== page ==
Updated: Council narrowly OKs rally contract

A Rockin' good Rally

The Hollister motorcycle rally is officially set for July 1-3 after the council’s narrow support of a new promoter Monday.
Council members approved a contract with Reno-based Roadshows, Inc. to promote the 2016 motorcycle rally in early July. Roadshows was the one company that submitted a bid to the city for the rally after last year’s promoter, Las Vegas-based ConvExx, departed over a dispute of $90,000 owed to Hollister.
The council OK’d the deal in a 3-2 vote. Mayor Ignacio Velazquez along with Councilmen Victor Gomez and Ray Friend supported it. Council members Mickie Luna and Karson Klauer dissented.
In the agreement with Reno-based Roadshows, which runs the Street Vibrations events there, the promoter agrees to pay $135,000 to cover city costs such as police, fire and public works. That is $45,000 less than the desired amount from the city, $180,000. But Hollister officials in the contract would agree to call it even if the promoter would collect city business license fees and sales tax revenue totaling an estimate of the $45,000 difference, according to an agenda report for Monday’s meeting.
Velazquez in a Tuesday interview acknowledged that it’s unrealistic for the promoter to collect sales tax money, which actually funnels through the state. The mayor said the hope is for the promoter and others involved to make money this year despite another late start.
“I see it being what it was last year,” Velazquez said, stressing how the city must build on each rally.
As for the promoter collecting fees and turning them over, the mayor said it had been a prior practice but had not been reliable enough for the city.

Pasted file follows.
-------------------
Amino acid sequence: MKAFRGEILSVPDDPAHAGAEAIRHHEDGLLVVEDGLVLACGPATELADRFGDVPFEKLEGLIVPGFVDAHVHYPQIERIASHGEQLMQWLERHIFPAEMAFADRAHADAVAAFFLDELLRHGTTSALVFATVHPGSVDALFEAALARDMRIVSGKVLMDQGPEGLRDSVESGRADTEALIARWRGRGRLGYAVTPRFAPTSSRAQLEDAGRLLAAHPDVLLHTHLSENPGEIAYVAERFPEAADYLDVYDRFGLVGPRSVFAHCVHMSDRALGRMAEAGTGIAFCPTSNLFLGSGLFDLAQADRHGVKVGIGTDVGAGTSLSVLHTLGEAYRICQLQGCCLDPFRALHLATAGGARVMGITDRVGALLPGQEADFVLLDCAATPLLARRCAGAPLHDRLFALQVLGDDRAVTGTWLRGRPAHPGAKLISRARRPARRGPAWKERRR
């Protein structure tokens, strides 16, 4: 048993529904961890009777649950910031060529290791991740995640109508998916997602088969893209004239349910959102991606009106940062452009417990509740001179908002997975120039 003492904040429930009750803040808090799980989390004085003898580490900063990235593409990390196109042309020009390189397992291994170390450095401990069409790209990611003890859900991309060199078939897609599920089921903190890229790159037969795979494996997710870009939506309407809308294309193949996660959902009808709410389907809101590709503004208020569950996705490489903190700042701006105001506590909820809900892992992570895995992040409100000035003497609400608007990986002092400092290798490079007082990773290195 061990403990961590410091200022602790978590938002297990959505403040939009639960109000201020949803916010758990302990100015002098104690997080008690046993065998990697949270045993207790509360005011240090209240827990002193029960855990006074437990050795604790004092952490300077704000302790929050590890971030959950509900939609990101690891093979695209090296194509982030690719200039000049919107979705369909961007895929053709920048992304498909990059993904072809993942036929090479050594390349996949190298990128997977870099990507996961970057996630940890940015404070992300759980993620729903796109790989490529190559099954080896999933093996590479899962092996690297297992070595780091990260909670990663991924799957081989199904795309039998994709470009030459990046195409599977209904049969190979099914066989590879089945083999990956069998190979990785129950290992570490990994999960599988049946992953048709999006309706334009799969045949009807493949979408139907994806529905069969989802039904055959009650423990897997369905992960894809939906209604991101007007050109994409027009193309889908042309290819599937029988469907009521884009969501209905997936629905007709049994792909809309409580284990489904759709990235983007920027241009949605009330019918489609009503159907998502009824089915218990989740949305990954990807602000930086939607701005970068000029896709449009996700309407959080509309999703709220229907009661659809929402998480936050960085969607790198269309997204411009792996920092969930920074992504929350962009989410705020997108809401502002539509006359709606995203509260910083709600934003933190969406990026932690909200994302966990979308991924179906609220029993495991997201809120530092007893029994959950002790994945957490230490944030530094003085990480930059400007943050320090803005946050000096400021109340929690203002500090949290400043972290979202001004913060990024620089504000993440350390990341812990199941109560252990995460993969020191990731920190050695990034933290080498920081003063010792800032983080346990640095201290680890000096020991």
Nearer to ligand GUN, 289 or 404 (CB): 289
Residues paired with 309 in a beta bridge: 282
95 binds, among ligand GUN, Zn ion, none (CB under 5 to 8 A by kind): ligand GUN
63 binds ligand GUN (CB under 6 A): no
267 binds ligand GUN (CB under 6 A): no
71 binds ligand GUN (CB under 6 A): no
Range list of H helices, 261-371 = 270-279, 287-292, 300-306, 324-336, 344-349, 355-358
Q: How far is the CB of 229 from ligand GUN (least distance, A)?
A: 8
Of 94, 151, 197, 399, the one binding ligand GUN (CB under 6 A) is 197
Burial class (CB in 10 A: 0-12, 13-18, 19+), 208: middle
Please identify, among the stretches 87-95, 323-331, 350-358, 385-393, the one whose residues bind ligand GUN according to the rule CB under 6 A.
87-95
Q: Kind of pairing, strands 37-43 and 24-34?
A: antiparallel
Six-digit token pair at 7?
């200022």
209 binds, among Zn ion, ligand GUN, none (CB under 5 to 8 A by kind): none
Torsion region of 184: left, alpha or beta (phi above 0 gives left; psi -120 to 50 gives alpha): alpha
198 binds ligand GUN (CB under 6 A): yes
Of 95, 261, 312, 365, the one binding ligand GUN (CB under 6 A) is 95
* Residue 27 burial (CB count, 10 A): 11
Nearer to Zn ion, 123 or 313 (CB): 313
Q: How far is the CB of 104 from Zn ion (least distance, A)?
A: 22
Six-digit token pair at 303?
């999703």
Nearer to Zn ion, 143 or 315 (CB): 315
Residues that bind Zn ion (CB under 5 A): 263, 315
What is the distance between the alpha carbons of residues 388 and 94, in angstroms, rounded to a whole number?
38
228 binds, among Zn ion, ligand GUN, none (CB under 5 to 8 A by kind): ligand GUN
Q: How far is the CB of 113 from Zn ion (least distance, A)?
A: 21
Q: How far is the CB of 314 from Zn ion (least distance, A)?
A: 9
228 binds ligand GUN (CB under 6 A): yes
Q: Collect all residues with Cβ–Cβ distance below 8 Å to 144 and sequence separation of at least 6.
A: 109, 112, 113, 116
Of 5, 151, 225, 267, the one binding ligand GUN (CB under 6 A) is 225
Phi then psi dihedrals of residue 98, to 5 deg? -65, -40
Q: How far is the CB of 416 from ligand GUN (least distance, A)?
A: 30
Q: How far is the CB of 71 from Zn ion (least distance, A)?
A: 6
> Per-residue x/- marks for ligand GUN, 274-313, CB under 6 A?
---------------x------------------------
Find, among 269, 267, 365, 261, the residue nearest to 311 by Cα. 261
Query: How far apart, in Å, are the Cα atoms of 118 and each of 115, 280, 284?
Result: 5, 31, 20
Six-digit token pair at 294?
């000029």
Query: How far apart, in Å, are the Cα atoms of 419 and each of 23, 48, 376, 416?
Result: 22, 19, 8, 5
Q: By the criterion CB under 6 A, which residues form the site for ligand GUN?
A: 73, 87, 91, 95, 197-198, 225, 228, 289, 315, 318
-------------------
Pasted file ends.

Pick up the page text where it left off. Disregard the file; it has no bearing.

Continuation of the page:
“You’re going to collect for the city and make sure the city is paid those dollars,” he said Tuesday.
Also in the agreement, the document lays out several other provisions related to matters of debate during prior rallies.
• The city would require the promoter to pay the $135,000 by June 1 or the deal would be canceled. Last year’s promoter missed his last payment before a July 1 deadline, but the event went on regardless.
• The city would maintain all naming and trademark rights related to the rally, two years after a promoter sought trademarks on the event’s name.
• The promoter would have to maintain all books, ledgers and accounting documents on file for at least one year following the rally for inspection by the city.
After the decision Monday, Police Chief David Westrick announced that the first internal planning meeting would take place a day later, Tuesday afternoon of this week, to get moving for the event five months from now.

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